LONDON’S Olympic stadium is set to get a second life in the 2018 football World Cup, if England are awarded the tournament.
The plan had been for the 2012 venue to be downsized following the Games, but organisers of the World Cup bid are now in talks with London Olympics officials to keep the Stratford stadium – and its 80,000 capacity – intact.
Boris Johnson today put his weight behind the idea of basing as much of the World Cup as possible in London.
“London is a football mad city, from the top-flight professional club and international matches attracting fans in their tens of thousands each week to the friendly kick about in local parks and open spaces,” said the London Mayor.
“We would be perfect for watching World Cup matches.”
One possible snag is that FIFA, the world football governing body, have indicated in the past that they prefer World Cup tournaments to be spread around a host country and are believed to have an absolute upper limit of three stadiums to one city.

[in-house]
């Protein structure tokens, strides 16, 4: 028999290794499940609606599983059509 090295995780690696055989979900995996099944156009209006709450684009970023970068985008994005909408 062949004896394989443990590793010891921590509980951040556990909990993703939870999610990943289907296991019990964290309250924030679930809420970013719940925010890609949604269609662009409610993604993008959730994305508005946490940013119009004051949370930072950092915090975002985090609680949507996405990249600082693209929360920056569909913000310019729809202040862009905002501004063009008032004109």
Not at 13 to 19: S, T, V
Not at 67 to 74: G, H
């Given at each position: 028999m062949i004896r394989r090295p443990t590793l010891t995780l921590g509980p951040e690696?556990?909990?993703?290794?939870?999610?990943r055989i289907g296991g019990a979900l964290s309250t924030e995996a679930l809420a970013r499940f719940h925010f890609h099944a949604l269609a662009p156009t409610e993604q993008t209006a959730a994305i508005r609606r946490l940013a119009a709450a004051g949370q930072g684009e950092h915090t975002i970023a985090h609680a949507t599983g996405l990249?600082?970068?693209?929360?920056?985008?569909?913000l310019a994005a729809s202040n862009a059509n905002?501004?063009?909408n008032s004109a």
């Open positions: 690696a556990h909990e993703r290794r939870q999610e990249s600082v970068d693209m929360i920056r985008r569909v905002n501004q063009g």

Wembley would obviously be the main venue and, assuming the Olympic stadium’s capacity gives it the nod, it might be that no club football grounds in the capital get a look in, especially as the surrounding Olympic Park is ideal as a Fans’ Village site.
Even if there were to be three venues in London, Twickenham could slip in ahead off the likes of Arsenal’s Emirates Stadium and Tottenham’s impending new ground.
Both would have a capacity smaller than Twickenham’s 80,000 and the rugby HQ might also pass the spreading-it-around test, being in south-west London while all the rest are north of the river.
The consolation for other London grounds is that they could be used as public training facilities for competing teams. Top sides at previous World Cups have often drawn crowds in the tens of thousands to watch their training routines.
Of course, all that assumes England is awarded the 2018 tournament. England are favourites, but it is no foregone conclusion with the likes of Russia, Spain and the USA also in the running.